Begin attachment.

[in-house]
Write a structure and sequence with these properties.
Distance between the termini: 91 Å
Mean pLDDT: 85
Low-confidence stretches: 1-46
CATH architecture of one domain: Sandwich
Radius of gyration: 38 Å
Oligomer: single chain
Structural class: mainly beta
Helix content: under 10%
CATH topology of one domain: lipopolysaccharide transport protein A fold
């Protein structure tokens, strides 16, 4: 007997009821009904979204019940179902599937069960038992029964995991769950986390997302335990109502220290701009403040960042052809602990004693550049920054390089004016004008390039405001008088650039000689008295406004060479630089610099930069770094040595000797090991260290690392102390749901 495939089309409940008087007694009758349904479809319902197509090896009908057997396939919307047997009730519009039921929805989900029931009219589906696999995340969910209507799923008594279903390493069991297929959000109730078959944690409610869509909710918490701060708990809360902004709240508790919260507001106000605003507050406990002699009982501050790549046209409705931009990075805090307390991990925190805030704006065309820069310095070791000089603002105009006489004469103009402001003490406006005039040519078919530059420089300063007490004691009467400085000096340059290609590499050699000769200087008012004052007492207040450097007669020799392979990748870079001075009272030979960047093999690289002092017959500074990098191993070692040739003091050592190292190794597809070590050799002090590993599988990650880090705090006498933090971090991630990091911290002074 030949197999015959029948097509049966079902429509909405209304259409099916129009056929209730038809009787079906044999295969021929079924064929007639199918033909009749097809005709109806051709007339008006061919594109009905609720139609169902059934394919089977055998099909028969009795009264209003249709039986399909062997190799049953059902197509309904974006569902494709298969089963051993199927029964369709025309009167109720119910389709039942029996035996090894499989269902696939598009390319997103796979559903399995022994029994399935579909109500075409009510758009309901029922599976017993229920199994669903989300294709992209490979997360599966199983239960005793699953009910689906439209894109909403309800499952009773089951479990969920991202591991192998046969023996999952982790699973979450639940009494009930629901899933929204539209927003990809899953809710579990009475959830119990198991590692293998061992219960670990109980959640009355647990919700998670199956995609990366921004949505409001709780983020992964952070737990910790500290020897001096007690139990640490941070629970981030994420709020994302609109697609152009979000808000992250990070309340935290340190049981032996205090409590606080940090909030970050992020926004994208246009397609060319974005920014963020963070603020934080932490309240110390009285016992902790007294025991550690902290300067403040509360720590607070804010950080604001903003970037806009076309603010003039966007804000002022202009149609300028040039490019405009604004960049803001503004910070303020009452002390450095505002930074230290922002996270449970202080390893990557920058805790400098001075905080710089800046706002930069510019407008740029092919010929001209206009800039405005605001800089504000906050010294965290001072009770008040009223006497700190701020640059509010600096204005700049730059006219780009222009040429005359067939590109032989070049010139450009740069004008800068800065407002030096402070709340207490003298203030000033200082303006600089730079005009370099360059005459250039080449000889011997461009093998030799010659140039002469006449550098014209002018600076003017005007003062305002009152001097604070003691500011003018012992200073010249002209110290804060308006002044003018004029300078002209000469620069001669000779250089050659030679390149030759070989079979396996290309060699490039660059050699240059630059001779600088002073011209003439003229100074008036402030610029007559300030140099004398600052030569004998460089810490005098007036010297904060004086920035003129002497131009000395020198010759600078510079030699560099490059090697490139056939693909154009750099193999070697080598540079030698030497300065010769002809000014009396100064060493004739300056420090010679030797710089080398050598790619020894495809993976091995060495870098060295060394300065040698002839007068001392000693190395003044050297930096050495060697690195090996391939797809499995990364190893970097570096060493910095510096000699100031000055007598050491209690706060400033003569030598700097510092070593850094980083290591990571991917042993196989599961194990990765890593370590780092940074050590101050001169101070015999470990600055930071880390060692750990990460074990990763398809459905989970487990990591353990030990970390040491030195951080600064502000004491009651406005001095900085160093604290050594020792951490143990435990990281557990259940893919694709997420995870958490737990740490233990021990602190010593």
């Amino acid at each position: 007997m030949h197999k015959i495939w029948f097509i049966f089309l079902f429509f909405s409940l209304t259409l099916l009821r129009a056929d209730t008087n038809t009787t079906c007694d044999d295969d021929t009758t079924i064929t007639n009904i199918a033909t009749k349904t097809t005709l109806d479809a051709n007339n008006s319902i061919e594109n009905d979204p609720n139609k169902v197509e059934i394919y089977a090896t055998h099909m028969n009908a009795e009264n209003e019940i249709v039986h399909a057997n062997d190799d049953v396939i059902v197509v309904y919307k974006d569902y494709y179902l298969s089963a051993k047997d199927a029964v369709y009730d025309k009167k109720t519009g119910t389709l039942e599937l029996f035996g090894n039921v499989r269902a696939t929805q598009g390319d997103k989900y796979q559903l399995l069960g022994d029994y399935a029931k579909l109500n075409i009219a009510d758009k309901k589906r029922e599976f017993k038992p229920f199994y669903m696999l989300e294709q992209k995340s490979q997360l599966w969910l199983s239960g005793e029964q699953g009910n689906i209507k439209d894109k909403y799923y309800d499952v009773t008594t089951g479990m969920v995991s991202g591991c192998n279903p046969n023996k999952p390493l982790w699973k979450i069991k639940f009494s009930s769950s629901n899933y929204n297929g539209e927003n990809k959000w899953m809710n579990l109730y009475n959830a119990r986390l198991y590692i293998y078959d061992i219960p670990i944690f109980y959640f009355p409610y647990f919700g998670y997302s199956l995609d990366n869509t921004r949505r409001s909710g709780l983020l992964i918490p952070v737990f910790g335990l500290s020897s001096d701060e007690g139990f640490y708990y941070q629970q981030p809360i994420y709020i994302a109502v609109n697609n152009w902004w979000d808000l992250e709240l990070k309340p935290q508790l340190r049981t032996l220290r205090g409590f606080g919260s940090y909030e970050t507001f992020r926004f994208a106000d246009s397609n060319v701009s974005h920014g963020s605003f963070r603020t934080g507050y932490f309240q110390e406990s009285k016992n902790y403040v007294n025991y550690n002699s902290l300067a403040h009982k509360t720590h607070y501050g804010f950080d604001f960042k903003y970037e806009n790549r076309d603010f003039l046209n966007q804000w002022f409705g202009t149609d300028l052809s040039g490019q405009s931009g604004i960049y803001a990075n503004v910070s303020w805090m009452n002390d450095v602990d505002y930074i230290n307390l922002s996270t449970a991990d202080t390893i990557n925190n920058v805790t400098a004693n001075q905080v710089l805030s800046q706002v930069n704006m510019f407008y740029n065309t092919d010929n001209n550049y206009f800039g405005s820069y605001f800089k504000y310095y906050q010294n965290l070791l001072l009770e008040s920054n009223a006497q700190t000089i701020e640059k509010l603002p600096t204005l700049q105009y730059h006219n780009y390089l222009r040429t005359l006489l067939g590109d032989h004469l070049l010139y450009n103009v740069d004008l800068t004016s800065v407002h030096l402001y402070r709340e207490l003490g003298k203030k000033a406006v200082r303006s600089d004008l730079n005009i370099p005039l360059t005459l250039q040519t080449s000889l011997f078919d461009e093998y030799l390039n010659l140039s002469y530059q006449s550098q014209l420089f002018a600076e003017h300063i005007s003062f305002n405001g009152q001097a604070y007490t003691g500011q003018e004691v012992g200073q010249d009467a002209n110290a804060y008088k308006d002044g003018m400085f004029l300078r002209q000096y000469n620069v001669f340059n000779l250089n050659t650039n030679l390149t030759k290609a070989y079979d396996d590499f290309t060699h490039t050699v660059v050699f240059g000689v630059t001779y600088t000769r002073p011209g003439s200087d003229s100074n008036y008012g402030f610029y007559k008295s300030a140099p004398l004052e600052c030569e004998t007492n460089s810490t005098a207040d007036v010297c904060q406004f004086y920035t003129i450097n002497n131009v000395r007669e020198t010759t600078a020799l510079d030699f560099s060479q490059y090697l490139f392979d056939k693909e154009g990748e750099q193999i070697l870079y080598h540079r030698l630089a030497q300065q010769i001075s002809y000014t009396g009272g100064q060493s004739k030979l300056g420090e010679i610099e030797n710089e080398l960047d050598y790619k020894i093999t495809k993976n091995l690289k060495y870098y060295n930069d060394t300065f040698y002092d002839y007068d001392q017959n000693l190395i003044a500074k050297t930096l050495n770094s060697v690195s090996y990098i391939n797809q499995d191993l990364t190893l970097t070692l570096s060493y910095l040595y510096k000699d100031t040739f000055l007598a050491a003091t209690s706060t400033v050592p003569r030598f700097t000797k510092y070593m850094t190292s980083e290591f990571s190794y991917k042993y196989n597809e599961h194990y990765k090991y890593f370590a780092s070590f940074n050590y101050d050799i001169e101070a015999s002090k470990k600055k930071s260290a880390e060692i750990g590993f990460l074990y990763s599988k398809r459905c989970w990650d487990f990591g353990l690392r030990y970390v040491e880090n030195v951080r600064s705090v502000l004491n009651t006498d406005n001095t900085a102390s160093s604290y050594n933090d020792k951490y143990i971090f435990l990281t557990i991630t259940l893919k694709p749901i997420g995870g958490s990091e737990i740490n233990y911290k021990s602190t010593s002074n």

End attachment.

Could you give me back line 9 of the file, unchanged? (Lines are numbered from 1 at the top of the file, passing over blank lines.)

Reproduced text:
Structural class: mainly beta